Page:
Diabetes – What is Diabetes?
Diabetes is a serious condition that affects millions of people every year. It is caused when your body doesn’t produce enough insulin, or it’s not able to use the insulin it does produce effectively.
Exercise, diet and medications can aid in preventing or reducing the development of the disease. It is also crucial to understand the symptoms to determine whether you have a problem and seek treatment.
What is diabetes?
Diabetes is a chronic health issue (long-lasting), which impacts the way your body converts food into energy. It occurs when the pancreas doesn’t make enough insulin or fails to use it properly.
Insulin is a hormone that assists your cells absorb and use sugar, which is called glucose. People with type 2 diabetes aren’t able to make enough insulin or their bodies aren’t able to utilize it correctly.
In both forms of diabetes, blood sugar levels become excessively high over time. This can lead to problems with the eyes, kidneys and feet. It could also harm the heart and brain arteries as well as your brain.
Type 1 diabetes
Type 1 diabetes is a disease caused by an autoimmune reaction, which means that your immune system attacks the pancreatic insulin-producing cells and destroys them. The destruction can happen over many months or even years before resulting in an absence of insulin.
Insulin is required by those with type 1 diabetes every day. They also have to keep track of their blood glucose levels and adjust the levels of insulin, food and activity levels to keep their blood glucose within an acceptable range.
Type 2 diabetes
If you have type 2, your body is not functioning as insulin should. Insulin is a hormone that helps your cells take blood sugar (glucose) out of your blood and into your cells so that it can be used as energy.
Type 2 diabetics need to exercise and eat a healthy diet. They may also have to take medication to regulate their blood glucose levels.
Symptoms of diabetes in women
Diabetes is a chronic condition that affects people of all races, ethnicities, ages and genders. Women are more at risk than men.
Women who suffer from diabetes are more likely to suffer from complications, like heart disease (the most frequent diabetes-related complication), and vision loss.
Polydipsia is a warning sign for diabetes in women. This is due to diabetes causing excess sugar to build up in the blood and your kidneys aren’t able to get rid of it properly.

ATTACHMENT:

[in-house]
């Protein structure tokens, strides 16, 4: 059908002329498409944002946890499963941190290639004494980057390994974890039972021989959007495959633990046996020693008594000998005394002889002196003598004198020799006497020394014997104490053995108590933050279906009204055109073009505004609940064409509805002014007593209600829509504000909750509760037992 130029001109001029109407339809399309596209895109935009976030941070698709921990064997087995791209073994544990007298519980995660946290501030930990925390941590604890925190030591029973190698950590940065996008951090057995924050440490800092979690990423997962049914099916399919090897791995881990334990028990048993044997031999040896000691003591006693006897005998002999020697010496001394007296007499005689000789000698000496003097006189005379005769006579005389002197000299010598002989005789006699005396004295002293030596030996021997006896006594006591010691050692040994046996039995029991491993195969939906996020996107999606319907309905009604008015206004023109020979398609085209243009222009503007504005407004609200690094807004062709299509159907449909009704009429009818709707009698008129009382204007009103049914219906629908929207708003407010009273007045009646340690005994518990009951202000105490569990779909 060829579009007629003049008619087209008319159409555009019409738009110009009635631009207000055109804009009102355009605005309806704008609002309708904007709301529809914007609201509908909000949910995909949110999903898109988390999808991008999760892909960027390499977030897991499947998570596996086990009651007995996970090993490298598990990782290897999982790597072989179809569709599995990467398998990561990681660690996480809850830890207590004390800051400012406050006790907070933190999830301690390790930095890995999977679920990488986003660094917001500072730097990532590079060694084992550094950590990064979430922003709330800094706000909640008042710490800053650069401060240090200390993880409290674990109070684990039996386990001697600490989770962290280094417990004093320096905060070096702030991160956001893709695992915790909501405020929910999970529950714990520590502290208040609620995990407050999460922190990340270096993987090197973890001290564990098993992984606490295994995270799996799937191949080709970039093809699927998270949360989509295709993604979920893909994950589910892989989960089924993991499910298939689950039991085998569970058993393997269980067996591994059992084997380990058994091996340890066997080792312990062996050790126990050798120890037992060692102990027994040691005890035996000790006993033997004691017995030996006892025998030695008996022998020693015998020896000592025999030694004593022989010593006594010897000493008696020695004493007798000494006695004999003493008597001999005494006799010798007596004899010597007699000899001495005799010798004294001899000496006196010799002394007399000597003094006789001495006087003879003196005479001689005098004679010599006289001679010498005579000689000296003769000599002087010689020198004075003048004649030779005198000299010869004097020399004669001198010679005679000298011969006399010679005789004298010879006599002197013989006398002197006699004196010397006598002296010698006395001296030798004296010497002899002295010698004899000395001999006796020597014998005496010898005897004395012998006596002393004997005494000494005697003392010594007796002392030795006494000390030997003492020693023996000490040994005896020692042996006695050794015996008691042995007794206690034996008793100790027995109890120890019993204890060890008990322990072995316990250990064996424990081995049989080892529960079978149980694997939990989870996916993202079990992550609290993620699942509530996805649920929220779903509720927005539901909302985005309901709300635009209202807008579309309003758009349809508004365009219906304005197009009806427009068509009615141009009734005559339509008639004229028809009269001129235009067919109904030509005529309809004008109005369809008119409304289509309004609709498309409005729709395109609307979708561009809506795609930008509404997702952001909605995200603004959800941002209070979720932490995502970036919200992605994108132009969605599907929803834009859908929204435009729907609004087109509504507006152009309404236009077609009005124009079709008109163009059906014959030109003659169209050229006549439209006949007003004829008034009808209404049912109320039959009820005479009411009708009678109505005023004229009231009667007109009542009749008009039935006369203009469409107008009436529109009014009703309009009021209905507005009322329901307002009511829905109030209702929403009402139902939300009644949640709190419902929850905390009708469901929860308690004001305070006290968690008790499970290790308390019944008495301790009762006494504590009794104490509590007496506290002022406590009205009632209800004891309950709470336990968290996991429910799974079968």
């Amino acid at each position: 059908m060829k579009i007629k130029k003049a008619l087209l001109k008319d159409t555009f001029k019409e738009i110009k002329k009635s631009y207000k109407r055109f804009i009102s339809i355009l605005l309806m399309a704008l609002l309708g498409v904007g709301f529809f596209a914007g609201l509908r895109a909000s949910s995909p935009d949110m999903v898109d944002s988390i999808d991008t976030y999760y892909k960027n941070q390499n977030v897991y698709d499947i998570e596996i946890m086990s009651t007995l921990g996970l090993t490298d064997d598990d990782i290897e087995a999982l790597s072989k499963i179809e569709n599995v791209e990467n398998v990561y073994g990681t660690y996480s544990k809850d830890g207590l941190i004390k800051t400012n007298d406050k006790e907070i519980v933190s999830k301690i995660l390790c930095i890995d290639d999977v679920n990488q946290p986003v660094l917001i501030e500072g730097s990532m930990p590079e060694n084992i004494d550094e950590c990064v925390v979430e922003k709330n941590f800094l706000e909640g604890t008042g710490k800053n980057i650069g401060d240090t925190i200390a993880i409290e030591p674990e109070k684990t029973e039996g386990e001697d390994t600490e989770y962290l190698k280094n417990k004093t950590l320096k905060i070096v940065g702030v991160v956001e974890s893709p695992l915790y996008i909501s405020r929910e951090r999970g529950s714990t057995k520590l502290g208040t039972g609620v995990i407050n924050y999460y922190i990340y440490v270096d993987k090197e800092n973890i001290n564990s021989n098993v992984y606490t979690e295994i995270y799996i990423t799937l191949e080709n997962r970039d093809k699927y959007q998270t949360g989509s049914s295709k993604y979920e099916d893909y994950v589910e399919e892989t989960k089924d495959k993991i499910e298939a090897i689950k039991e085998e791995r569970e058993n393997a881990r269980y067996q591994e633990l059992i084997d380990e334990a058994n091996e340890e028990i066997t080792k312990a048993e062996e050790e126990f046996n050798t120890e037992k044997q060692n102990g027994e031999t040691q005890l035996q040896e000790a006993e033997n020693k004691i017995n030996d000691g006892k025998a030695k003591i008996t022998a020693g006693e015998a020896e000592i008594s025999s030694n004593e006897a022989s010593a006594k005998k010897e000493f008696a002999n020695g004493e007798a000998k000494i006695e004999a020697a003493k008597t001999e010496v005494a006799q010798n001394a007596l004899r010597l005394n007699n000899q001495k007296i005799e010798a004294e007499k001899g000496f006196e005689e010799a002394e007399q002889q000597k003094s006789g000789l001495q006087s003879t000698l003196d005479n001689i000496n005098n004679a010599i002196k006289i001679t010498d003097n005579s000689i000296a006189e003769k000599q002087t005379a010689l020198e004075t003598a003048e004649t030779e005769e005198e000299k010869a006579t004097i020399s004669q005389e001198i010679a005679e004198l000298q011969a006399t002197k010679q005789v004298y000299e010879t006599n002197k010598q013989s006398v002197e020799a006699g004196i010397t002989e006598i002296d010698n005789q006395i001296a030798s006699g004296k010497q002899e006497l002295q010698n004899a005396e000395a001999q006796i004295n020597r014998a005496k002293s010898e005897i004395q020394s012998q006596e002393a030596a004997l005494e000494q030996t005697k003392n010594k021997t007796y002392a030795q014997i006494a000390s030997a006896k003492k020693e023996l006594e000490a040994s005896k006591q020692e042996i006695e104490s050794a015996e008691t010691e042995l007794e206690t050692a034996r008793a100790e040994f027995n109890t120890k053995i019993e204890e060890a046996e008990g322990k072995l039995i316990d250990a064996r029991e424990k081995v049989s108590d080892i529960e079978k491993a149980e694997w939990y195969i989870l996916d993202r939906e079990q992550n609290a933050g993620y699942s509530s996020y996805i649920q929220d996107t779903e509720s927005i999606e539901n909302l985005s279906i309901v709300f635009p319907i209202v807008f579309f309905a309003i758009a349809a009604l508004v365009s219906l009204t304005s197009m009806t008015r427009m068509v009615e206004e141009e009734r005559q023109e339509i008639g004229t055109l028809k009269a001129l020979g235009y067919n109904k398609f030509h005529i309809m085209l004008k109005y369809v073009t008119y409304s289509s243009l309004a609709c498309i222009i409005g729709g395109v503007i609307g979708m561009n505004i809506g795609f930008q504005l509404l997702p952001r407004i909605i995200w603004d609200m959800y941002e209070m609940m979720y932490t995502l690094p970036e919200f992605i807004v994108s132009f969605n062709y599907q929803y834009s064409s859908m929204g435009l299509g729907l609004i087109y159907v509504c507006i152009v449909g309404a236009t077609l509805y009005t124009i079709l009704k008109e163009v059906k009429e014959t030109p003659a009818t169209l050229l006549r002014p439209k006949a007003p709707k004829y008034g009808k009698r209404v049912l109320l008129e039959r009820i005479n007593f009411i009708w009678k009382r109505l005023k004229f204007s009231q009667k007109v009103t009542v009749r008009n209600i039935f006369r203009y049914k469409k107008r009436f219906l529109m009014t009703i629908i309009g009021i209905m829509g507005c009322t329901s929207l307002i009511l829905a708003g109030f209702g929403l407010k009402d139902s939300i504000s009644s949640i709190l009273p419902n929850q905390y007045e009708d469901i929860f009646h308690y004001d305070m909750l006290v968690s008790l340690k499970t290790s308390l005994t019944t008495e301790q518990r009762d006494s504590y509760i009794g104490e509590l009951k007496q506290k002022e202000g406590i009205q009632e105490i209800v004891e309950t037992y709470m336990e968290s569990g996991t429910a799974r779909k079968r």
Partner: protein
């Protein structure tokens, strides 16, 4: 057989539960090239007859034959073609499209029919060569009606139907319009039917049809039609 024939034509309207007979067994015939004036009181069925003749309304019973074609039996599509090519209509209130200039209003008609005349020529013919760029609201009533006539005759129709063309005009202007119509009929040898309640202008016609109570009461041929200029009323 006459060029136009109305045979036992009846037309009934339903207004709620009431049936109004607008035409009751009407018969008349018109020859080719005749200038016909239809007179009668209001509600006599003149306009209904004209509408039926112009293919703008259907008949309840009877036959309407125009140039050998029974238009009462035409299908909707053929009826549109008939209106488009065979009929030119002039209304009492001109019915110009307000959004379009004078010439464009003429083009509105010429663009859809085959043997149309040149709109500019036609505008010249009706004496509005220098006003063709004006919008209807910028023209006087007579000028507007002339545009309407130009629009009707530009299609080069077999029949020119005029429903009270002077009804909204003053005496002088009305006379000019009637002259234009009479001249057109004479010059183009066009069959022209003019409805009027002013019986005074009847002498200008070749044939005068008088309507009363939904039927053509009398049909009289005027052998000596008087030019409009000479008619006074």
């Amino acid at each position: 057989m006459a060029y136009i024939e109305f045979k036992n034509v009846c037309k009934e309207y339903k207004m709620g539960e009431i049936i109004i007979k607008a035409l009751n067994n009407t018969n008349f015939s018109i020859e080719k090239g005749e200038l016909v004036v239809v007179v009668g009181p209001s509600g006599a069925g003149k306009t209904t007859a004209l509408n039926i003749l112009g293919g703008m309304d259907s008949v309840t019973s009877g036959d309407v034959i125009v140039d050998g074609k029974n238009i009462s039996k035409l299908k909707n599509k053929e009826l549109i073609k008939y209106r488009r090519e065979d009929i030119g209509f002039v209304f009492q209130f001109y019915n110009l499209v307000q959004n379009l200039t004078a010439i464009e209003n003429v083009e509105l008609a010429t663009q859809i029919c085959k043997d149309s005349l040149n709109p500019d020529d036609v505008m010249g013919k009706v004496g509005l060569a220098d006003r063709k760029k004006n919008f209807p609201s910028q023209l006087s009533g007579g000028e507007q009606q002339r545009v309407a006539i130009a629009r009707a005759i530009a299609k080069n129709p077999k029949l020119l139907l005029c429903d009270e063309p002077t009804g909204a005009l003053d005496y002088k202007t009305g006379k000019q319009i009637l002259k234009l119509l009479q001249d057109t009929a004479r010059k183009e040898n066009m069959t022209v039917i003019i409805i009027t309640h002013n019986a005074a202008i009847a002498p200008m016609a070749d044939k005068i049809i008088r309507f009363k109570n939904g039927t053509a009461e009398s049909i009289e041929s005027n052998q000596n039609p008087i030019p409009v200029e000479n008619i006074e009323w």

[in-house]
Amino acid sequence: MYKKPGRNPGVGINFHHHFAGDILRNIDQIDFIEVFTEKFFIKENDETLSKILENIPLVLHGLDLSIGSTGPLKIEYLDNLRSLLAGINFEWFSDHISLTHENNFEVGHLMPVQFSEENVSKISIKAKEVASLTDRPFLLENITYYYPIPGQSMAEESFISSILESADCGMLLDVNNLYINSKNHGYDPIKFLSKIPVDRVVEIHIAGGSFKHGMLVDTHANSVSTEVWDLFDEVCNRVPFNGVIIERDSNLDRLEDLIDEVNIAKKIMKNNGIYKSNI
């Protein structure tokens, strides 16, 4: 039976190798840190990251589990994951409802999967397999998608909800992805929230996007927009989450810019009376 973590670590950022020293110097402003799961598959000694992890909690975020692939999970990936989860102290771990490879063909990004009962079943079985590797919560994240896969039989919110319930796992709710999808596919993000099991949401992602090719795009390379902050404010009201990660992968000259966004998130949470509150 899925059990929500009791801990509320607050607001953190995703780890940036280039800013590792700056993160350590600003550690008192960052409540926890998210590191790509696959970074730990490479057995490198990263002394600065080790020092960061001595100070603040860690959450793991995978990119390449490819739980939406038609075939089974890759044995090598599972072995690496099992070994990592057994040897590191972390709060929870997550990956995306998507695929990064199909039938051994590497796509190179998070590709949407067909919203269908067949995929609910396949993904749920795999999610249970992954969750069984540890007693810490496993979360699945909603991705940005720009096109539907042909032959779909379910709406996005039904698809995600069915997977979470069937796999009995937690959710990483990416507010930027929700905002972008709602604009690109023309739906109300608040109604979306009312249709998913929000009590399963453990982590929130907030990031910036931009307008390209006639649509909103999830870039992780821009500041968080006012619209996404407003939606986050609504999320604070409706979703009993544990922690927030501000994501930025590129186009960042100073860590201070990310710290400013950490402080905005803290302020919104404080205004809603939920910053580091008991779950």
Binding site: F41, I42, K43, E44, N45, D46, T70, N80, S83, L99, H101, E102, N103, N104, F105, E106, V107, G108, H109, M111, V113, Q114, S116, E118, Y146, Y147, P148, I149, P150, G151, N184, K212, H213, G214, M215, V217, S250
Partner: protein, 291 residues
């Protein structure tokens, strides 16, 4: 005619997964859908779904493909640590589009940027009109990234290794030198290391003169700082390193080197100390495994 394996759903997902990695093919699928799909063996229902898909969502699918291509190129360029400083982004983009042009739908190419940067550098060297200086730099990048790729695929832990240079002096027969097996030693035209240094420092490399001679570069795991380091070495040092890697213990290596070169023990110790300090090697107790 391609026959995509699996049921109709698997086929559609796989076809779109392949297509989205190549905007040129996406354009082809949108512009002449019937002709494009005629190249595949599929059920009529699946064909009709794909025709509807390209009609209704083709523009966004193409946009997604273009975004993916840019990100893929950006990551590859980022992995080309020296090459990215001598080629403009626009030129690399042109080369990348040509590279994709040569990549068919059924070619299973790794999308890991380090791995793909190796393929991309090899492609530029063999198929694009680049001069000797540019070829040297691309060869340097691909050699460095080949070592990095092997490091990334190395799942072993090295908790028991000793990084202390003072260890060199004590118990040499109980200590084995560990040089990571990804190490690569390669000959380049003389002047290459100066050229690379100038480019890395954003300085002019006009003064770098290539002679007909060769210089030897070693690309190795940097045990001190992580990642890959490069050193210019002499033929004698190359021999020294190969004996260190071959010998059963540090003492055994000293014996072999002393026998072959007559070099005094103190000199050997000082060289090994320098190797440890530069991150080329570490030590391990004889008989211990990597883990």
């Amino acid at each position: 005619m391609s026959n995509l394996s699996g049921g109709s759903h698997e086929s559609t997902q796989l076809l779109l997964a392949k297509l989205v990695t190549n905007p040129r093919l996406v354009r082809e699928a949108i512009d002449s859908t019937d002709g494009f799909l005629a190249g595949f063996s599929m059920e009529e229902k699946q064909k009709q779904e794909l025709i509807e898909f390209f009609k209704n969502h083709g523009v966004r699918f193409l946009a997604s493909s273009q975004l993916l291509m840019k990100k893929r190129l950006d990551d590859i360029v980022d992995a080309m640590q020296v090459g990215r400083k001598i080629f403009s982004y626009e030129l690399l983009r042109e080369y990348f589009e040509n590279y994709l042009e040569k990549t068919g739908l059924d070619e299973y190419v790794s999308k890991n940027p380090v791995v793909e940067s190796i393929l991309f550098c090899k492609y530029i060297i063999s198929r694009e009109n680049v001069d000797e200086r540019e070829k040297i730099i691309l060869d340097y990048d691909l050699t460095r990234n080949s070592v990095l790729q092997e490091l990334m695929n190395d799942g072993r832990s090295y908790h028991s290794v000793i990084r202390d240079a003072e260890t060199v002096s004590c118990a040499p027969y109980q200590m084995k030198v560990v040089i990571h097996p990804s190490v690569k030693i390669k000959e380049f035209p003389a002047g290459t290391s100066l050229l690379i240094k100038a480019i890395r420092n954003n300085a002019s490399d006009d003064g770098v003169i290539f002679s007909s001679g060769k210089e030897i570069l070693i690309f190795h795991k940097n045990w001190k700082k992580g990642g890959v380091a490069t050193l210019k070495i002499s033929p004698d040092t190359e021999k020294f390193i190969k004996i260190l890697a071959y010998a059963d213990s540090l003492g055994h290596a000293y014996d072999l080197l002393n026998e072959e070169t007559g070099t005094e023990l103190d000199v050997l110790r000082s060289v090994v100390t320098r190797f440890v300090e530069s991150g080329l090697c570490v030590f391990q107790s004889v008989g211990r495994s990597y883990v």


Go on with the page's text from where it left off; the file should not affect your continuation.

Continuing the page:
Men with diabetes Men: Symptoms
In diabetes it is when cells are unable make use of blood sugar (glucose) for energy. This is usually because the pancreas ceases to produce enough insulin.
This can result in high blood glucose levels. The body tries to lower these levels by flushing excess glucose from your bloodstream via urine.
Diabetes patients are often thirsty and require to drink lots of fluids.
Men can also shed weight as their bodies rely on muscles to generate energy, not fat. This is due to the fact that their blood sugar levels remain high for long periods of time.
A healthy diet with a low-carbohydrate diet can be a key part of managing the condition. It can help manage blood sugar levels control weight and reduce the risk factors for heart diseases.
You should include whole food items in your diet, like fruits, vegetables, and whole grains. Also, dairy products that are low in fat products such as beans, legumes, and beans are great choices. It should be low in added sugars and saturated fats (unhealthy).
You might also be able to reduce the amount of drinks that contain sugar you consume. These drinks often have lots of sugar, which can lead to elevated blood sugar levels.
Your doctor may recommend diabetes medications to keep your blood glucose (blood sugar) levels within normal levels. These medications are typically used with lifestyle changes like exercise and diet to help control your diabetes.
If your blood sugar levels aren’t being well managed by one medication another medicine could be added. Your doctor will help you pick the best medication to meet your needs and preferences.
Newer medications like glucagon-like receptor agonists for peptide-1 as well as sodium-glucose cotransporter-2 inhibitors reduce blood sugar, have kidney and cardiovascular benefits and reduce the risk of complications. They can also be beneficial for weight loss and are available in tablet and injectable forms.